On its own, LACE had only a modest ability to predict readmission or death but adding variables including the patient's neighbourhood and sex improved accuracy by 12 per cent, adds supporting co-author Dr. Amol Verma, an internal medicine physician at St. Michael's Hospital in Toronto.

The study did not tease out how much socio-economic status itself was a factor, but did look at postal codes associated with so-called "deprivation" indicators like lower education and income among residents.

Readmission was about the same regardless of neighbourhood, but patients from postal codes that scored high on the deprivation index were more likely to be admitted for COVID-19 to begin with, notes Verma.

Verma adds that relying on postal codes does have limitations in assessing socio-economic status since urban postal codes can have wide variation in their demographic. He also notes the study did not include patients without a postal code.

McAlister said about half of the patients returned because of breathing difficulties, which is the most common diagnosis for readmissions of any type.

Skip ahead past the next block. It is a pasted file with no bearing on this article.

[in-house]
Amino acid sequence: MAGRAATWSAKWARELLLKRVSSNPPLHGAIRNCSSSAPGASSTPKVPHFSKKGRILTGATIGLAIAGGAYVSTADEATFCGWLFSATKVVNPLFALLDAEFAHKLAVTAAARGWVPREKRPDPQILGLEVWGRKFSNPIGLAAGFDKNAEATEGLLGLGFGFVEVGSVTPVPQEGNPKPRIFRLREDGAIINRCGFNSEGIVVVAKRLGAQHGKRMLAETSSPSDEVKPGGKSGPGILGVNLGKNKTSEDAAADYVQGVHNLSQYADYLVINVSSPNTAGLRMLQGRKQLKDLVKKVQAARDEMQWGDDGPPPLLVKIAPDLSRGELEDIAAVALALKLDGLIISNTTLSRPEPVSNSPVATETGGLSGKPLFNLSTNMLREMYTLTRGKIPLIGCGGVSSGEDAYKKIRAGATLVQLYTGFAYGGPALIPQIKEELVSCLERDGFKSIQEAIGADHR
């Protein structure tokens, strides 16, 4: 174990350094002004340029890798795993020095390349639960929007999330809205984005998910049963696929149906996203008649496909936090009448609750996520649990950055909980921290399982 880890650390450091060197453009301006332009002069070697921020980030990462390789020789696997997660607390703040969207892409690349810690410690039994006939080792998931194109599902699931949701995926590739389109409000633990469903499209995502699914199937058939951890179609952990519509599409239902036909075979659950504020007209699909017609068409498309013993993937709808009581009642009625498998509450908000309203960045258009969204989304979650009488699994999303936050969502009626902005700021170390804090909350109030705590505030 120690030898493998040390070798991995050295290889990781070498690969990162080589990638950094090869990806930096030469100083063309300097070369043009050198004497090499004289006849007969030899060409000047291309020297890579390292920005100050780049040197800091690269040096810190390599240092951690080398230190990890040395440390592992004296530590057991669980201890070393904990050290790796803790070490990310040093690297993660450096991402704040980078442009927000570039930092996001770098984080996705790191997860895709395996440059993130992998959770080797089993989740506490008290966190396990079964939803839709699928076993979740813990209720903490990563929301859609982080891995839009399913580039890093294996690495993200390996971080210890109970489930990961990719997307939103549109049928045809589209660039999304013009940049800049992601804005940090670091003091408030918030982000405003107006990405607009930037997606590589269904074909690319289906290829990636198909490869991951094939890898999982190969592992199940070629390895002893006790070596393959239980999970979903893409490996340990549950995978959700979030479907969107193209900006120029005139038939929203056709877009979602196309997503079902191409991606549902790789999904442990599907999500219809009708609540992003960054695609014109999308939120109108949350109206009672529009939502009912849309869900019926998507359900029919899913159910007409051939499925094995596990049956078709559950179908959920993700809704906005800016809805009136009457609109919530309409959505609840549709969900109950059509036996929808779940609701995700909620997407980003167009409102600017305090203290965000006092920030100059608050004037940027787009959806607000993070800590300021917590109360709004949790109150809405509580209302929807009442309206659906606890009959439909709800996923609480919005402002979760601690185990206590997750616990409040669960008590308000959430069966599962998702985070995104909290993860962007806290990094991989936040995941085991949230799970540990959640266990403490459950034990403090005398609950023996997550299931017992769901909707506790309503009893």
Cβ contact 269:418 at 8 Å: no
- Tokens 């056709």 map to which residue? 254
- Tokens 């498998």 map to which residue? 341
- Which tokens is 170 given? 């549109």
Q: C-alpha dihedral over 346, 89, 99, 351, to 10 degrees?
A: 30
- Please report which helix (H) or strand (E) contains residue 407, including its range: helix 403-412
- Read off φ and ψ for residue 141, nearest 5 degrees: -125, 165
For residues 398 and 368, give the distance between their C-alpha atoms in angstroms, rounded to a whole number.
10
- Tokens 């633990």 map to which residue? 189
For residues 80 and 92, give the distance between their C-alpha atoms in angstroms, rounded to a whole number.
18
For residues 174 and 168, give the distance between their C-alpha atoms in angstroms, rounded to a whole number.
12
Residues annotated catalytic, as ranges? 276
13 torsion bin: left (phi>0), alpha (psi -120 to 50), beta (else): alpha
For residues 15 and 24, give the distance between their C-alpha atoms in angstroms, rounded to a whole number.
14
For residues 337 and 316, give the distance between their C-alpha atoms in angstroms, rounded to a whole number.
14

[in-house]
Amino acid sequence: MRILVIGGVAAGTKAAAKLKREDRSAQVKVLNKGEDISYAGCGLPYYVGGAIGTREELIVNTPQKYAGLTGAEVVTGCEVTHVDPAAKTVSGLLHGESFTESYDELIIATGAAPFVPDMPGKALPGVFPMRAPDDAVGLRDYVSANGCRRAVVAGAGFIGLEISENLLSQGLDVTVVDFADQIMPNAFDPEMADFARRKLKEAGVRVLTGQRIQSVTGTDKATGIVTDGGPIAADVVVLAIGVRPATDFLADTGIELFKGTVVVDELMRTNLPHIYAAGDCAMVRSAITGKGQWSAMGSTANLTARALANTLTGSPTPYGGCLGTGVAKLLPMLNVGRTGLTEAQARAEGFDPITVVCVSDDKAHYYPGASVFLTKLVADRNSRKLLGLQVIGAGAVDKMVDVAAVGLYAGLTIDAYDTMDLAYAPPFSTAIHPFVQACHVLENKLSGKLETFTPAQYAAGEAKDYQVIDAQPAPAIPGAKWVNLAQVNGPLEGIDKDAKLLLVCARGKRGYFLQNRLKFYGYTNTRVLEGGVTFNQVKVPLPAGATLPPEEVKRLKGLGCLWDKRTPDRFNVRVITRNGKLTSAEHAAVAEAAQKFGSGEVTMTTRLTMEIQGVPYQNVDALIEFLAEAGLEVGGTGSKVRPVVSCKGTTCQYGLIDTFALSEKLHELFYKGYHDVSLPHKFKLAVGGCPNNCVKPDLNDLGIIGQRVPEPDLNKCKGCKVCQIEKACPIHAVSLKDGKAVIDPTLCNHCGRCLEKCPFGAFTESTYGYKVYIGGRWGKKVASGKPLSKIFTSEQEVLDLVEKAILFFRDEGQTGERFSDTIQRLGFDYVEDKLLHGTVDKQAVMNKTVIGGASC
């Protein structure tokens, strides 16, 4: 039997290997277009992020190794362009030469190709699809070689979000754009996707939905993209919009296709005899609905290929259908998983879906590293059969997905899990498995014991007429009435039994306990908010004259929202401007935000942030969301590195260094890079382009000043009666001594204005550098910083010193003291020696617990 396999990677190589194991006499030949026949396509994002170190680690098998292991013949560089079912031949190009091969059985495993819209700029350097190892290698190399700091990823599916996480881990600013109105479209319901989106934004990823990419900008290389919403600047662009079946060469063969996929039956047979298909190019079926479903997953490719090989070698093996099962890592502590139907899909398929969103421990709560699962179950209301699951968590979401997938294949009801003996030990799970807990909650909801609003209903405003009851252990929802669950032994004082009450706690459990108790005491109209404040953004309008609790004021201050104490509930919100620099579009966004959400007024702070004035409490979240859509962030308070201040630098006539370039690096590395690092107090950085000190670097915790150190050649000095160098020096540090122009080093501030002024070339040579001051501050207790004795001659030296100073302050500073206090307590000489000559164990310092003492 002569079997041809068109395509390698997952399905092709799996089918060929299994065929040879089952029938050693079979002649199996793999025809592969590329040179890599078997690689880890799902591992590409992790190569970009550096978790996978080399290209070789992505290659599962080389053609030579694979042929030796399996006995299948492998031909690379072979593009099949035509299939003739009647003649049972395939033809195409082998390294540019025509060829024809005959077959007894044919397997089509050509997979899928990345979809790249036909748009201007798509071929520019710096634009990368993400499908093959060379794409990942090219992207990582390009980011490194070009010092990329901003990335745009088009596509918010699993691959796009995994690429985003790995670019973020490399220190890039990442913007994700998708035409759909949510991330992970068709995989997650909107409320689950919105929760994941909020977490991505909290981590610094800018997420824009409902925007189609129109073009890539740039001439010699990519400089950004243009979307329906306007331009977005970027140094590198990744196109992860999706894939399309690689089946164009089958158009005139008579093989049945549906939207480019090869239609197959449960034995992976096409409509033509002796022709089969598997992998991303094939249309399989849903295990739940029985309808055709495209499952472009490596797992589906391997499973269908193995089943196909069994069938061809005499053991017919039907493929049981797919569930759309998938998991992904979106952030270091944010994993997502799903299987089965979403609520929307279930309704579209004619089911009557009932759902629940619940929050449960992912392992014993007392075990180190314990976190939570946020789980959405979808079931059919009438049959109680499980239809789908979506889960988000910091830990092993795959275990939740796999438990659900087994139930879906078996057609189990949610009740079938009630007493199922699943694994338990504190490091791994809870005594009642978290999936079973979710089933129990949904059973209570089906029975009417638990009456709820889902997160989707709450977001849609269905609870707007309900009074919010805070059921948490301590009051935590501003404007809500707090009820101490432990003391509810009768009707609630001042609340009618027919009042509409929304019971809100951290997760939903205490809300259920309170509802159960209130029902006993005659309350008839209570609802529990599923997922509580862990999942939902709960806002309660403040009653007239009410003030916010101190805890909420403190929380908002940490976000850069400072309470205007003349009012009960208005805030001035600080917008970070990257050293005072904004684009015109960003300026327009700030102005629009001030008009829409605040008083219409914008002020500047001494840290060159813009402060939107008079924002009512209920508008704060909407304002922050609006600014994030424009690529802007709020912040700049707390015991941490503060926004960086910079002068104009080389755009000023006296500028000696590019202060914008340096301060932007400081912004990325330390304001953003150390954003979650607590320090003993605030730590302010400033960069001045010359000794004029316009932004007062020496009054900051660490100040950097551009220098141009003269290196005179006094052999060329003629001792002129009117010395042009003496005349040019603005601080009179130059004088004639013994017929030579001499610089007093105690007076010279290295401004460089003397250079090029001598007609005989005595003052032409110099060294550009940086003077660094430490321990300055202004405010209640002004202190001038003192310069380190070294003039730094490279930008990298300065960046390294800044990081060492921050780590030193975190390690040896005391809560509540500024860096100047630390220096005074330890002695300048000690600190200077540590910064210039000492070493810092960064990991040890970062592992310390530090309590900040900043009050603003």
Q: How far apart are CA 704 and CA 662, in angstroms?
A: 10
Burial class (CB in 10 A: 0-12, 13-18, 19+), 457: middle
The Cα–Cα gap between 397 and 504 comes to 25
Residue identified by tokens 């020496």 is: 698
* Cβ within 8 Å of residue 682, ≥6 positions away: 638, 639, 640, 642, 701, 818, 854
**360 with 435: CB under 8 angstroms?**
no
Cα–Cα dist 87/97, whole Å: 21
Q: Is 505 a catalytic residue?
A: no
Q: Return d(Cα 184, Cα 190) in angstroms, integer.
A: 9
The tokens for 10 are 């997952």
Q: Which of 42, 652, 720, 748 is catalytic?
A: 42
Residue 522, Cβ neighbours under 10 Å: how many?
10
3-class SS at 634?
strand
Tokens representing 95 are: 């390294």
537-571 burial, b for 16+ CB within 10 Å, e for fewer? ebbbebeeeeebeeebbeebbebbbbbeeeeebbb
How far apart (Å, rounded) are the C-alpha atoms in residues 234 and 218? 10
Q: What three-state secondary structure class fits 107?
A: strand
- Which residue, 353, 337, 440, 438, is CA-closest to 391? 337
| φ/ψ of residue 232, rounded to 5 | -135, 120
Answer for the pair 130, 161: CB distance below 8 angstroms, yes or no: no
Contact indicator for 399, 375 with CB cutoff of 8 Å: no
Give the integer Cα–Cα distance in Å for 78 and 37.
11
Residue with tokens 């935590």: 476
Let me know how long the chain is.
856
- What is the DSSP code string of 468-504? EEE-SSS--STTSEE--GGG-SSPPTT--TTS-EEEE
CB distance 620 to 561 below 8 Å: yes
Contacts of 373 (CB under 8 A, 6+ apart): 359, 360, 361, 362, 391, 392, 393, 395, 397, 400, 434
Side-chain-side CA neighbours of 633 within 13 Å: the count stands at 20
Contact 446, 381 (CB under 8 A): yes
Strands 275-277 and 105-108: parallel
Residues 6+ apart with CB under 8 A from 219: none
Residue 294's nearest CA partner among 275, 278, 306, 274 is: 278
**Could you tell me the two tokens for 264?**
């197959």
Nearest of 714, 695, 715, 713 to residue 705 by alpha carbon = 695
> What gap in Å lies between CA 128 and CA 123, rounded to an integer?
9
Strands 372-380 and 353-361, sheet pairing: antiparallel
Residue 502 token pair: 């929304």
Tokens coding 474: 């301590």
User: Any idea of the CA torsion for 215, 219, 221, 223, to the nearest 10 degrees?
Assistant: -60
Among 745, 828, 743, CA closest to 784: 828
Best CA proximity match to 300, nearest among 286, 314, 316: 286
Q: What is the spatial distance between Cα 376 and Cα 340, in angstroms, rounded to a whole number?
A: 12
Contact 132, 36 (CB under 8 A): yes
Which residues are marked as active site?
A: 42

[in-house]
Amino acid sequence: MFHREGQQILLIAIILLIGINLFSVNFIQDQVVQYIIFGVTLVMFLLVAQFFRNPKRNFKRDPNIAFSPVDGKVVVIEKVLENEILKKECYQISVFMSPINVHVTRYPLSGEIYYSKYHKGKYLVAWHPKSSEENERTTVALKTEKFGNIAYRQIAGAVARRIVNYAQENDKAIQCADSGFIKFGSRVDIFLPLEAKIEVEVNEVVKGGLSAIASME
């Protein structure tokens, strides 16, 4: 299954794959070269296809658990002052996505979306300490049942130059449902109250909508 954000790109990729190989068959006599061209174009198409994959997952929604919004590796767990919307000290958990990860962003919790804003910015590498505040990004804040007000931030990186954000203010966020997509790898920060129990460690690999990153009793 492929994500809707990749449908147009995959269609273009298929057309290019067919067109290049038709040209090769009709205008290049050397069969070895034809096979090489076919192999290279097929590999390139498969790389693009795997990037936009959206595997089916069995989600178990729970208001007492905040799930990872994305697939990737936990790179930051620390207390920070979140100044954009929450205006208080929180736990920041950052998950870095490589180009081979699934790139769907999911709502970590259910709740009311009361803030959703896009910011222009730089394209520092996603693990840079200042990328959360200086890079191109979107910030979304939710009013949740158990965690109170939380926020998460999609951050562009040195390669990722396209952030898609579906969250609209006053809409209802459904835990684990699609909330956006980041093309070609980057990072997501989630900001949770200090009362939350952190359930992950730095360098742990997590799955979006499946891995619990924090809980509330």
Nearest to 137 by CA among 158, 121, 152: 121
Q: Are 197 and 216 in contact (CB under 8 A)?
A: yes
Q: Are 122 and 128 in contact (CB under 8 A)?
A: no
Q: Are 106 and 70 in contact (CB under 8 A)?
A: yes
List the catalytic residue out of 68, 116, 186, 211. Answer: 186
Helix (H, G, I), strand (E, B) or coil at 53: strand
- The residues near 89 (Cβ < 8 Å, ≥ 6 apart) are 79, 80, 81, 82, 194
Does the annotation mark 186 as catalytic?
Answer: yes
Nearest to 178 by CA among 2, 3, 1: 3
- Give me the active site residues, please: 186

He suspected many of those problems would have been difficult to prevent, suggesting "it may just be progression of the underlying disease."

It's clear, however, that many people who appear to survive COVID are not able to fully put the illness behind them, he added.

"Looking at readmissions is just the tip of the iceberg. There's some data from the (World Health Organization) that maybe half to two-thirds of individuals who have had COVID severe enough to be hospitalized end up with lung problems or heart problems afterwards, if you do detailed enough testing," he said.

"If you give patients quality of life scores and symptom questionnaires, they're reporting much more levels of disability than we're picking up in analyses of hospitalizations or emergency room visits."

The research period pre-dates the Omicron surge that appeared in late 2021 but McAlister said there's no reason to suspect much difference among today's patients.

He said that while Omicron outcomes have been shown to be less severe than the Delta variant, they are comparable to the wild type of the novel coronavirus that started the pandemic.

"If you're unvaccinated and you catch Omicron it's still not a walk in the park," he said.